The peat is different in character from that of northern Europe: cellular plants enter but little into its composition, and it is formed almost entirely of the roots and stems of Empetrum rubrum, a variety of the common crowberry of the Scottish hills with red berries, called by the Falklanders the " diddle-dee " berry; of Myrtus nummularia, a little creeping myrtle whose leaves are used by the shepherds as a substitute for tea; of Caltha appendiculata, a dwarf species of marsh-marigold; and of some sedges and sedge-like plants, such as Astelia pumila, Gaimardia australis and Bostkovia grandif ora.
ACORUS CALAMUS, sweet-sedge or sweet-flag, a plant of the natural order Araceae, which shares with the Cuckoo Pint (Arum) the representation in Britain of that order of Monocotyledons.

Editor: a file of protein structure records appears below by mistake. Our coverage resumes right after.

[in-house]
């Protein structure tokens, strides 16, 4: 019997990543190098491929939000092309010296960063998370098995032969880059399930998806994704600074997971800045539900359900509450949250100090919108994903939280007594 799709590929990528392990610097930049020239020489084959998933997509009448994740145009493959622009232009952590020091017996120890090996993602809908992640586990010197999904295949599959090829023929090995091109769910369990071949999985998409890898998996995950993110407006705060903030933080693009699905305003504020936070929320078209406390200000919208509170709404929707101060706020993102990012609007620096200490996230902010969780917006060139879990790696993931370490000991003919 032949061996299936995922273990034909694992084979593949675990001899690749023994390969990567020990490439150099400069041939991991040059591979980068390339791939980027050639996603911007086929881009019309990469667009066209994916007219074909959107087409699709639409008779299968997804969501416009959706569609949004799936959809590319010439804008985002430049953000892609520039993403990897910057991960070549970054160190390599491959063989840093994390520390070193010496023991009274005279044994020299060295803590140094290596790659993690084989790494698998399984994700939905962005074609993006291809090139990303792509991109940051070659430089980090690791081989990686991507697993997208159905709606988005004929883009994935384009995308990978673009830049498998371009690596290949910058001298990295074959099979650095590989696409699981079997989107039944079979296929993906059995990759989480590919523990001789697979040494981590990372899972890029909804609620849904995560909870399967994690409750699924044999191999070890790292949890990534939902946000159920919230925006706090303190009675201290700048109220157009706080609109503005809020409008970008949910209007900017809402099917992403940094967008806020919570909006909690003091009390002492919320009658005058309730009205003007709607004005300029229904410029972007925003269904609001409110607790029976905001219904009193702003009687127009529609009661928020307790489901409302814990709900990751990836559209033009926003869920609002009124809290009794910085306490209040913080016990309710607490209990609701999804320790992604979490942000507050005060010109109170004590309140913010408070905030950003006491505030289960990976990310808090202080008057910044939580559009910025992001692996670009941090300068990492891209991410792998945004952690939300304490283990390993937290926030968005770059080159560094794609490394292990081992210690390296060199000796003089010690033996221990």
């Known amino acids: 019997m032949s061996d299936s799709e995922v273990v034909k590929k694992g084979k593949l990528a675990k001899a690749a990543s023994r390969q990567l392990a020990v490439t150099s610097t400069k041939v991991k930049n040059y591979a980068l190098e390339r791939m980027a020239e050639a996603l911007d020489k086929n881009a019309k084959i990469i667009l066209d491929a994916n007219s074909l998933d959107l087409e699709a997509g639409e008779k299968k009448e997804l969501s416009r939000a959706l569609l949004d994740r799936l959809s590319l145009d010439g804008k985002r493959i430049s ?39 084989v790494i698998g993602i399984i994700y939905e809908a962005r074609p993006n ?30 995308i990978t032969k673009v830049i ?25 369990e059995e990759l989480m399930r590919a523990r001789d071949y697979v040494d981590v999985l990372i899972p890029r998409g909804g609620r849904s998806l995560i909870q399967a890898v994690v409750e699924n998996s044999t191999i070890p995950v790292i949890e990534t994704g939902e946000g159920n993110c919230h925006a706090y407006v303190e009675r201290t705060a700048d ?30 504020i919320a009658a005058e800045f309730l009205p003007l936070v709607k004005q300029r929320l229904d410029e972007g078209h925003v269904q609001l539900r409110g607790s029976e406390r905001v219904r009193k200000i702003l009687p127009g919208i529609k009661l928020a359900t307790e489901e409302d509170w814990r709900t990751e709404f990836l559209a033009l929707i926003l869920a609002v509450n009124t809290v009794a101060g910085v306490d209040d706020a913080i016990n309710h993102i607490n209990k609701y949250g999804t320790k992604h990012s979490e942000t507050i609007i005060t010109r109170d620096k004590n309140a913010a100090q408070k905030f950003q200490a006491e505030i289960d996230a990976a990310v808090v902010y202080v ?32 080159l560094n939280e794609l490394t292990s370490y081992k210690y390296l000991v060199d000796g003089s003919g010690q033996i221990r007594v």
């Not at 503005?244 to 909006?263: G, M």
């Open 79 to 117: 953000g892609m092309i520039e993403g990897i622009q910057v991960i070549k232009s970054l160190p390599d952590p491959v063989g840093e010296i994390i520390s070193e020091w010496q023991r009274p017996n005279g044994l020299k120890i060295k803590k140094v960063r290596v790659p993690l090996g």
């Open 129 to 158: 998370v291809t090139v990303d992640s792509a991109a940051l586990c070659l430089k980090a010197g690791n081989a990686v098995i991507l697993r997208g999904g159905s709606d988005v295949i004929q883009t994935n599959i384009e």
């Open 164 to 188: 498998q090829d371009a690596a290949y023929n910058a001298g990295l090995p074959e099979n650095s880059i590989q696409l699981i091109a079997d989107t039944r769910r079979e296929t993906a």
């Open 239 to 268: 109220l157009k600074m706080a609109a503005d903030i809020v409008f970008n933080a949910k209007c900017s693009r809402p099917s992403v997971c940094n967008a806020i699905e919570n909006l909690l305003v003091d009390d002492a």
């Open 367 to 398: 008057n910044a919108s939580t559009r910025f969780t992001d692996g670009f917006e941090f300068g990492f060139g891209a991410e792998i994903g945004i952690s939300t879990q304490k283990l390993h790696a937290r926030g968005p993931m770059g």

- Carex riparia, the largest British sedge, from 3 to 5 ft.
(Sedge family), Juncaceae (Rush family), and some other monocotyledons with inconspicuous flowers.
An extinct water-lily, Euryale limburgensis, belongs to a monotypic genus now confined to Assam and China; an extinct sedge, Dulichium vespiforme, belongs to a genus only living in America, though the only living species once flourished also in Denmark; an extinct species of water-aloe (Stratiotes elegans) makes a third genus, represented only by a single living species, which was evidently better represented in Pliocene times.
The name mocking-bird, or more frequently mock-nightingale, is in England occasionally given to some of the warblers (q.v.), especially the blackcap (Sylvia atricapilla), and the sedge-bird (Acrocephalus schoenobaenus).
In the immediate vicinity of water the sedge (Carex physoides) grows, and sporadic patches of Allium.